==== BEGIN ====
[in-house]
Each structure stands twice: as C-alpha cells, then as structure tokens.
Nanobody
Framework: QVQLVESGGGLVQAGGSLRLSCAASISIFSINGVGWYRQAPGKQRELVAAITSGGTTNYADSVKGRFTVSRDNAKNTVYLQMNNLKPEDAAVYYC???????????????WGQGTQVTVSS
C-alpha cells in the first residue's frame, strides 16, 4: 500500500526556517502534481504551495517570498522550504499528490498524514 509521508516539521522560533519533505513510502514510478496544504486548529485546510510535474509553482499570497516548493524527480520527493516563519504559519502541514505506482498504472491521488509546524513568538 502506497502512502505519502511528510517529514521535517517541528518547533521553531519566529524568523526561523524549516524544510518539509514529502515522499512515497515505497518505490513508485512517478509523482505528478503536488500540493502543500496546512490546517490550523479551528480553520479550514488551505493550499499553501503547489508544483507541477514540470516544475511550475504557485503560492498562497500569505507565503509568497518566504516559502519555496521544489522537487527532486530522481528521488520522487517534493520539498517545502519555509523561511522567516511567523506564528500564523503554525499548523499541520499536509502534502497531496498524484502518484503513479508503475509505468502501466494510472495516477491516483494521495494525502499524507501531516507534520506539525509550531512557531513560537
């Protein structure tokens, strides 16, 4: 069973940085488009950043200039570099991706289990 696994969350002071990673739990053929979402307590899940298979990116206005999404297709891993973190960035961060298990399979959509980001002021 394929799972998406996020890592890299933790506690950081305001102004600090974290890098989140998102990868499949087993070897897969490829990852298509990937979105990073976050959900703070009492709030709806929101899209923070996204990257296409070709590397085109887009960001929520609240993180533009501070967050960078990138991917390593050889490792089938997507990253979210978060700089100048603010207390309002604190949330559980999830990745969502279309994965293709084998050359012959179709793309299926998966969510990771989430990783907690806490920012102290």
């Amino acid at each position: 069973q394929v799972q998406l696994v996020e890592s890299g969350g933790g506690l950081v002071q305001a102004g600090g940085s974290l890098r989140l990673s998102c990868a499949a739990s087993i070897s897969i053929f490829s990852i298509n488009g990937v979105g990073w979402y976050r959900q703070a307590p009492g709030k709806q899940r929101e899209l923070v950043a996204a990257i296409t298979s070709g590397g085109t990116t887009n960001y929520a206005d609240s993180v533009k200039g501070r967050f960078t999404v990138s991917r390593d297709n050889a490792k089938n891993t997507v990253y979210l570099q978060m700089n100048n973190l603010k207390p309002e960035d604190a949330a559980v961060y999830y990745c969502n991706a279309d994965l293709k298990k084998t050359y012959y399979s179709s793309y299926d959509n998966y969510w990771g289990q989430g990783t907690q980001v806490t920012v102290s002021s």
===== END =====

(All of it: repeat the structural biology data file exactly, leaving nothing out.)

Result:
[in-house]
Each structure stands twice: as C-alpha cells, then as structure tokens.
Nanobody
Framework: QVQLVESGGGLVQAGGSLRLSCAASISIFSINGVGWYRQAPGKQRELVAAITSGGTTNYADSVKGRFTVSRDNAKNTVYLQMNNLKPEDAAVYYC???????????????WGQGTQVTVSS
C-alpha cells in the first residue's frame, strides 16, 4: 500500500526556517502534481504551495517570498522550504499528490498524514 509521508516539521522560533519533505513510502514510478496544504486548529485546510510535474509553482499570497516548493524527480520527493516563519504559519502541514505506482498504472491521488509546524513568538 502506497502512502505519502511528510517529514521535517517541528518547533521553531519566529524568523526561523524549516524544510518539509514529502515522499512515497515505497518505490513508485512517478509523482505528478503536488500540493502543500496546512490546517490550523479551528480553520479550514488551505493550499499553501503547489508544483507541477514540470516544475511550475504557485503560492498562497500569505507565503509568497518566504516559502519555496521544489522537487527532486530522481528521488520522487517534493520539498517545502519555509523561511522567516511567523506564528500564523503554525499548523499541520499536509502534502497531496498524484502518484503513479508503475509505468502501466494510472495516477491516483494521495494525502499524507501531516507534520506539525509550531512557531513560537
């Protein structure tokens, strides 16, 4: 069973940085488009950043200039570099991706289990 696994969350002071990673739990053929979402307590899940298979990116206005999404297709891993973190960035961060298990399979959509980001002021 394929799972998406996020890592890299933790506690950081305001102004600090974290890098989140998102990868499949087993070897897969490829990852298509990937979105990073976050959900703070009492709030709806929101899209923070996204990257296409070709590397085109887009960001929520609240993180533009501070967050960078990138991917390593050889490792089938997507990253979210978060700089100048603010207390309002604190949330559980999830990745969502279309994965293709084998050359012959179709793309299926998966969510990771989430990783907690806490920012102290």
């Amino acid at each position: 069973q394929v799972q998406l696994v996020e890592s890299g969350g933790g506690l950081v002071q305001a102004g600090g940085s974290l890098r989140l990673s998102c990868a499949a739990s087993i070897s897969i053929f490829s990852i298509n488009g990937v979105g990073w979402y976050r959900q703070a307590p009492g709030k709806q899940r929101e899209l923070v950043a996204a990257i296409t298979s070709g590397g085109t990116t887009n960001y929520a206005d609240s993180v533009k200039g501070r967050f960078t999404v990138s991917r390593d297709n050889a490792k089938n891993t997507v990253y979210l570099q978060m700089n100048n973190l603010k207390p309002e960035d604190a949330a559980v961060y999830y990745c969502n991706a279309d994965l293709k298990k084998t050359y012959y399979s179709s793309y299926d959509n998966y969510w990771g289990q989430g990783t907690q980001v806490t920012v102290s002021s």